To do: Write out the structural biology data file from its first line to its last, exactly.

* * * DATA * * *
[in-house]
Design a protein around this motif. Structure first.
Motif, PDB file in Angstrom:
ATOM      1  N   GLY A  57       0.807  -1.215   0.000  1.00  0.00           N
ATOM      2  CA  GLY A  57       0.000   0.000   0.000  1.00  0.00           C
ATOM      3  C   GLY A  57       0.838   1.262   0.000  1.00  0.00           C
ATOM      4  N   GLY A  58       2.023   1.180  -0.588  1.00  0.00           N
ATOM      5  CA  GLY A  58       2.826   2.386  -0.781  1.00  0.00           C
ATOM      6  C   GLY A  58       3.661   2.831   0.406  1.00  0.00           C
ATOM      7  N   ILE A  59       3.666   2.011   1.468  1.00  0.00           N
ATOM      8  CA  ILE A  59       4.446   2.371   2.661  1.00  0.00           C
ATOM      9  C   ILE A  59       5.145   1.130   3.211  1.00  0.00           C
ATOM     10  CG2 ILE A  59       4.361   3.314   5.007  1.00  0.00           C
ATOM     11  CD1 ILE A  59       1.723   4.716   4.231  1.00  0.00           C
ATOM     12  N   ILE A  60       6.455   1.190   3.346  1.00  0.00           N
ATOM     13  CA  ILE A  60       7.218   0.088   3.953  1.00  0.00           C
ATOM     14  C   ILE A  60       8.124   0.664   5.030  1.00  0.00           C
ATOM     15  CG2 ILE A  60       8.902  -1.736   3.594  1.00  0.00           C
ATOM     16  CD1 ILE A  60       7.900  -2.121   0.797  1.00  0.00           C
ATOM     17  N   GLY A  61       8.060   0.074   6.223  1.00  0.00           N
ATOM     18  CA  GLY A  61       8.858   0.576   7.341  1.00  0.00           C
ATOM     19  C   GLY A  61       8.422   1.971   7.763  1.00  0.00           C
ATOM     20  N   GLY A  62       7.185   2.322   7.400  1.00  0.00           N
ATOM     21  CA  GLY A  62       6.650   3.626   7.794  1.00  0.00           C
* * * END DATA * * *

[in-house]
Design a protein around this motif. Structure first.
Motif, PDB file in Angstrom:
ATOM      1  N   GLY A  57       0.807  -1.215   0.000  1.00  0.00           N
ATOM      2  CA  GLY A  57       0.000   0.000   0.000  1.00  0.00           C
ATOM      3  C   GLY A  57       0.838   1.262   0.000  1.00  0.00           C
ATOM      4  N   GLY A  58       2.023   1.180  -0.588  1.00  0.00           N
ATOM      5  CA  GLY A  58       2.826   2.386  -0.781  1.00  0.00           C
ATOM      6  C   GLY A  58       3.661   2.831   0.406  1.00  0.00           C
ATOM      7  N   ILE A  59       3.666   2.011   1.468  1.00  0.00           N
ATOM      8  CA  ILE A  59       4.446   2.371   2.661  1.00  0.00           C
ATOM      9  C   ILE A  59       5.145   1.130   3.211  1.00  0.00           C
ATOM     10  CG2 ILE A  59       4.361   3.314   5.007  1.00  0.00           C
ATOM     11  CD1 ILE A  59       1.723   4.716   4.231  1.00  0.00           C
ATOM     12  N   ILE A  60       6.455   1.190   3.346  1.00  0.00           N
ATOM     13  CA  ILE A  60       7.218   0.088   3.953  1.00  0.00           C
ATOM     14  C   ILE A  60       8.124   0.664   5.030  1.00  0.00           C
ATOM     15  CG2 ILE A  60       8.902  -1.736   3.594  1.00  0.00           C
ATOM     16  CD1 ILE A  60       7.900  -2.121   0.797  1.00  0.00           C
ATOM     17  N   GLY A  61       8.060   0.074   6.223  1.00  0.00           N
ATOM     18  CA  GLY A  61       8.858   0.576   7.341  1.00  0.00           C
ATOM     19  C   GLY A  61       8.422   1.971   7.763  1.00  0.00           C
ATOM     20  N   GLY A  62       7.185   2.322   7.400  1.00  0.00           N
ATOM     21  CA  GLY A  62       6.650   3.626   7.794  1.00  0.00           C